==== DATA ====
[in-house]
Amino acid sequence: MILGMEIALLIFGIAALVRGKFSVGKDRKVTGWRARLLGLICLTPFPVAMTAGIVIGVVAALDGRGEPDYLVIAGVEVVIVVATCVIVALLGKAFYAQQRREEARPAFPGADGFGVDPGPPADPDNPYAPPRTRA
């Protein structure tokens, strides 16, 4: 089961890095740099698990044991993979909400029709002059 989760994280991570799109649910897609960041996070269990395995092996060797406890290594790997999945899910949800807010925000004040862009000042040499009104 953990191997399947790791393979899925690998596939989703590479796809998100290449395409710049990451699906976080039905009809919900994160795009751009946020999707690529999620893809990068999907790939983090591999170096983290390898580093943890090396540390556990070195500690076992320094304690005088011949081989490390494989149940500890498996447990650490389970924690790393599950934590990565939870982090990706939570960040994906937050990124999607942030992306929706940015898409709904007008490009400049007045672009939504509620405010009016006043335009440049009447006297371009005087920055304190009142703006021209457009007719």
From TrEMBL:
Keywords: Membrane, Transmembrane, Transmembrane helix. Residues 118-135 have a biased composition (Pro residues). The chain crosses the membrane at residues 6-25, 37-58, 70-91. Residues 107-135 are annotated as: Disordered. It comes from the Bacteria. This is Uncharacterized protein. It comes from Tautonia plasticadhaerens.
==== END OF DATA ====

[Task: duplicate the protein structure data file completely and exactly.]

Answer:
[in-house]
Amino acid sequence: MILGMEIALLIFGIAALVRGKFSVGKDRKVTGWRARLLGLICLTPFPVAMTAGIVIGVVAALDGRGEPDYLVIAGVEVVIVVATCVIVALLGKAFYAQQRREEARPAFPGADGFGVDPGPPADPDNPYAPPRTRA
């Protein structure tokens, strides 16, 4: 089961890095740099698990044991993979909400029709002059 989760994280991570799109649910897609960041996070269990395995092996060797406890290594790997999945899910949800807010925000004040862009000042040499009104 953990191997399947790791393979899925690998596939989703590479796809998100290449395409710049990451699906976080039905009809919900994160795009751009946020999707690529999620893809990068999907790939983090591999170096983290390898580093943890090396540390556990070195500690076992320094304690005088011949081989490390494989149940500890498996447990650490389970924690790393599950934590990565939870982090990706939570960040994906937050990124999607942030992306929706940015898409709904007008490009400049007045672009939504509620405010009016006043335009440049009447006297371009005087920055304190009142703006021209457009007719």
From TrEMBL:
Keywords: Membrane, Transmembrane, Transmembrane helix. Residues 118-135 have a biased composition (Pro residues). The chain crosses the membrane at residues 6-25, 37-58, 70-91. Residues 107-135 are annotated as: Disordered. It comes from the Bacteria. This is Uncharacterized protein. It comes from Tautonia plasticadhaerens.